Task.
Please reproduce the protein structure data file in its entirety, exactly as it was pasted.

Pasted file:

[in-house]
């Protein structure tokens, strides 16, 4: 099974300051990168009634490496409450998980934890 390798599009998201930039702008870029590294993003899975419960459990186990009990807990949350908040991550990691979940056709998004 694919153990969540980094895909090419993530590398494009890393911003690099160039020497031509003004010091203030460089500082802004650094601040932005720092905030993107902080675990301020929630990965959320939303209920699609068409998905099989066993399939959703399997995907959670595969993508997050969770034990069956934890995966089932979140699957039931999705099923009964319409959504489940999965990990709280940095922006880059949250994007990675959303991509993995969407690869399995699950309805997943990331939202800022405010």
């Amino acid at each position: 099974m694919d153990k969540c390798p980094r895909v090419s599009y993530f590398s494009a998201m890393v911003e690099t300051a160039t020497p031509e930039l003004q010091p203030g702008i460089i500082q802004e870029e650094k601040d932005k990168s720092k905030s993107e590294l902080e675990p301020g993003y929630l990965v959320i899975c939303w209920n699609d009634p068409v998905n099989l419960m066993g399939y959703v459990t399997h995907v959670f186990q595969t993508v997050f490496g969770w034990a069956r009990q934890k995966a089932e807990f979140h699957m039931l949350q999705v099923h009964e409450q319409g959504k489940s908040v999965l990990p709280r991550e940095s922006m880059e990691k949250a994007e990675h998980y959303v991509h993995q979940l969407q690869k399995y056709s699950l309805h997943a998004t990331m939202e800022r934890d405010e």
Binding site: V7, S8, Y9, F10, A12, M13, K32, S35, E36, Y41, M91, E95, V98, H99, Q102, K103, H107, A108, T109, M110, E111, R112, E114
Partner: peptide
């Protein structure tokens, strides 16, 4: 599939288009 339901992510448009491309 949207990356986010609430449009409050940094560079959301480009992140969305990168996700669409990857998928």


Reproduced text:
[in-house]
């Protein structure tokens, strides 16, 4: 099974300051990168009634490496409450998980934890 390798599009998201930039702008870029590294993003899975419960459990186990009990807990949350908040991550990691979940056709998004 694919153990969540980094895909090419993530590398494009890393911003690099160039020497031509003004010091203030460089500082802004650094601040932005720092905030993107902080675990301020929630990965959320939303209920699609068409998905099989066993399939959703399997995907959670595969993508997050969770034990069956934890995966089932979140699957039931999705099923009964319409959504489940999965990990709280940095922006880059949250994007990675959303991509993995969407690869399995699950309805997943990331939202800022405010």
């Amino acid at each position: 099974m694919d153990k969540c390798p980094r895909v090419s599009y993530f590398s494009a998201m890393v911003e690099t300051a160039t020497p031509e930039l003004q010091p203030g702008i460089i500082q802004e870029e650094k601040d932005k990168s720092k905030s993107e590294l902080e675990p301020g993003y929630l990965v959320i899975c939303w209920n699609d009634p068409v998905n099989l419960m066993g399939y959703v459990t399997h995907v959670f186990q595969t993508v997050f490496g969770w034990a069956r009990q934890k995966a089932e807990f979140h699957m039931l949350q999705v099923h009964e409450q319409g959504k489940s908040v999965l990990p709280r991550e940095s922006m880059e990691k949250a994007e990675h998980y959303v991509h993995q979940l969407q690869k399995y056709s699950l309805h997943a998004t990331m939202e800022r934890d405010e």
Binding site: V7, S8, Y9, F10, A12, M13, K32, S35, E36, Y41, M91, E95, V98, H99, Q102, K103, H107, A108, T109, M110, E111, R112, E114
Partner: peptide
């Protein structure tokens, strides 16, 4: 599939288009 339901992510448009491309 949207990356986010609430449009409050940094560079959301480009992140969305990168996700669409990857998928």